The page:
I actually rode this same event a number of years ago on the previous Domane, and it's clear comparing the new bike with the old one that the changes have netted a substantial difference. Most noticeable is how much smoother the front end is, with better cohesion between the front and rear stiffness. The front is still firm, but the difference has been massively reduced and the result is a much more balanced feeling bike.
I've done Paris-Roubaix a few times and ridden the cobbles on quite a few different bikes, but I've never felt quite as fresh as I have after riding the new Domane SLR. Sure, I was still battered and I swore never to do it again, but I was in a better state than those around me. The measure of deflection might be small, but it's enough to make the going that little bit easier over such rough roads.
While the cobbles are a tough test for any bike, a truer test of the bike is revealed on local roads. No cobbles but plenty of poorly surfaced roads, the top layer of tarmac peeled away, surface dressed gravel and plenty of holes to contend with. It's on this sort of road that the Domane SLR comes into its own. It damps the vibrations and manages to isolate you just enough from the most severe bumps and dips, providing a floaty feeling without completely detaching you from what is happening under the tyres.
It's really quite wonderful how the bike smooths out a rough road, a feeling highlighted when I switch back to a carbon race bike with narrower tyres. Yet the Domane SLR doesn't feel baggy or loose, it's still direct and responsive if you like to ride hard and expect the bike to deliver the sort of performance that a race-bred carbon bike should. There's no flex when you sprint out of the saddle and it's direct and sensitive to small changes of weight balance or rider input.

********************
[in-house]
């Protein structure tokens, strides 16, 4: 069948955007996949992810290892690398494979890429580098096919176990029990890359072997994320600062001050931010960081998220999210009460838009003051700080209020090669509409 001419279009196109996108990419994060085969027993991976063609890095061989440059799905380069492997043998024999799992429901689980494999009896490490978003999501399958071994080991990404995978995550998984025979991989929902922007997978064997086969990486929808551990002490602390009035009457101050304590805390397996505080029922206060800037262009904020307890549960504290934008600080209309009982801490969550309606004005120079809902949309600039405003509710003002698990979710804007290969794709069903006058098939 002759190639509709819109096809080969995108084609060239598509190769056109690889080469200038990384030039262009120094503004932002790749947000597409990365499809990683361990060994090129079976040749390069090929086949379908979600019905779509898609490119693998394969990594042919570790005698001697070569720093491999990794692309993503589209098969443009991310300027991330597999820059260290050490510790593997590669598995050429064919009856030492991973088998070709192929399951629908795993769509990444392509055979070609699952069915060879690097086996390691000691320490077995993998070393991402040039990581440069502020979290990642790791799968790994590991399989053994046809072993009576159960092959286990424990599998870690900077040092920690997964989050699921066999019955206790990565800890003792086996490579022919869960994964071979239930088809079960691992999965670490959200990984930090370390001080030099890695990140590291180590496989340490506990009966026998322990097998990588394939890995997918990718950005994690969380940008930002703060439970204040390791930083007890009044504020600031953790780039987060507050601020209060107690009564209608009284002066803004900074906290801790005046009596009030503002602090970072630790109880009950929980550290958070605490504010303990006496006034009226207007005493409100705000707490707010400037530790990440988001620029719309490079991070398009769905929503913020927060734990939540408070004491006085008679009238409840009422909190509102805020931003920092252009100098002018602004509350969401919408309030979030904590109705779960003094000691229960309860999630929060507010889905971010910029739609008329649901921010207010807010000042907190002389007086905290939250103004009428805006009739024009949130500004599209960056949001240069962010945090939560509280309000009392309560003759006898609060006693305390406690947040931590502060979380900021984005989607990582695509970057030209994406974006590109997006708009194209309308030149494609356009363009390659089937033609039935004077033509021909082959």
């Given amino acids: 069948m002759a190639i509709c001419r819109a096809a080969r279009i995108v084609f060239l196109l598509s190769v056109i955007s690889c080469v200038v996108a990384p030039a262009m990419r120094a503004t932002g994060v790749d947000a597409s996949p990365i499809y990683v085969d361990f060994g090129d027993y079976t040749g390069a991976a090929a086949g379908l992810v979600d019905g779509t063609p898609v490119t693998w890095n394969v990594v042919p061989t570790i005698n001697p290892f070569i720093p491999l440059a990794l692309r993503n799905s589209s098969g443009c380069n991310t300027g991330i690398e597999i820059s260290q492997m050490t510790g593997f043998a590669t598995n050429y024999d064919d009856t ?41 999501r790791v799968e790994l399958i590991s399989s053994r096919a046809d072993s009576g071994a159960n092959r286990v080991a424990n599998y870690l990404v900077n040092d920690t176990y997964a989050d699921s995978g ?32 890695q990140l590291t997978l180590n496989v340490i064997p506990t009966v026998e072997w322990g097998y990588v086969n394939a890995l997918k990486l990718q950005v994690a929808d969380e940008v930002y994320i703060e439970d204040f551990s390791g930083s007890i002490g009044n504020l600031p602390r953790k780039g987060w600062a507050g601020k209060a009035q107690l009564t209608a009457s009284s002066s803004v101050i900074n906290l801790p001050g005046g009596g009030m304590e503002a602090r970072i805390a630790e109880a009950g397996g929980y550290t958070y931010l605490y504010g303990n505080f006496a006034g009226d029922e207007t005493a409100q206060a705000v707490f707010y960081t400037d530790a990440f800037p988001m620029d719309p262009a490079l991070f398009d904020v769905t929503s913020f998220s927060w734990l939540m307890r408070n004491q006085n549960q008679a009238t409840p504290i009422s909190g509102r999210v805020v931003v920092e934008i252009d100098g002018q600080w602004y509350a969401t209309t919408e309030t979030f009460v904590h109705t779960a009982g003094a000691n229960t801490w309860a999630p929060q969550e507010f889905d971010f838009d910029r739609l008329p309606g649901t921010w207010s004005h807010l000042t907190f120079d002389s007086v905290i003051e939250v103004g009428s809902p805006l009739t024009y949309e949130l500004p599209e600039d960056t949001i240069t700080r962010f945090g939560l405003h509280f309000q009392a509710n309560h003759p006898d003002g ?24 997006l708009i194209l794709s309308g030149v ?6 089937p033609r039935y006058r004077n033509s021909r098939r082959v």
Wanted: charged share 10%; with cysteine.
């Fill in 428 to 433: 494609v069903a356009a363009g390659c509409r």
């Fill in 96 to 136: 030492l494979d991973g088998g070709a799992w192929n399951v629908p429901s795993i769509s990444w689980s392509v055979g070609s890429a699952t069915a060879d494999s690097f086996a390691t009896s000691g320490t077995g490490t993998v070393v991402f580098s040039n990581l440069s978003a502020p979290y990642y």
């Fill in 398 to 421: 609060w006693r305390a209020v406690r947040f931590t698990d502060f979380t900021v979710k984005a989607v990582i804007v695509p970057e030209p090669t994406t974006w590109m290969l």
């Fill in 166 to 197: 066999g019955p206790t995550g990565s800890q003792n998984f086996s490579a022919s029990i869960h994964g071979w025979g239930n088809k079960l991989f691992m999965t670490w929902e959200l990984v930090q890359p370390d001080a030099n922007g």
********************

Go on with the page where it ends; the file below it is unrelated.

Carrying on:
It's uncanny how well the IsoSpeed works. Look down between your legs and, in the softest setting, you can see the seatpost moving back and forth. You don't notice the saddle movement when you're riding, you just notice the smoothness. I've experimented with the rear IsoSpeed decoupler in different positions. In its firmest setting, it's in the same ballpark as the Madone, and the ride feels crisp and alert. In its lowest setting, it sweeps rough roads aside, while the middle setting is equivalent to the previous Domane.
You can easily leave the slider at its lowest setting and make the most of the available deflection because it's sufficiently well controlled that it doesn't spoil the ride if you're enjoying some buttery smooth tarmac. It's not exactly bouncing up and down. The adjustability means you can alter the available deflection to suit the demands of your local roads and also your weight as well.
Comfort aside, the Domane SLR is a really engaging and fun bike to ride. The boosted compliance hasn't softened the Domane's reflexes. It's a nimble bike, with the 7.6kg weight ensuring it can dance up the climbs with the best of them. In RSL guise, it would certainly be a good UK race bike.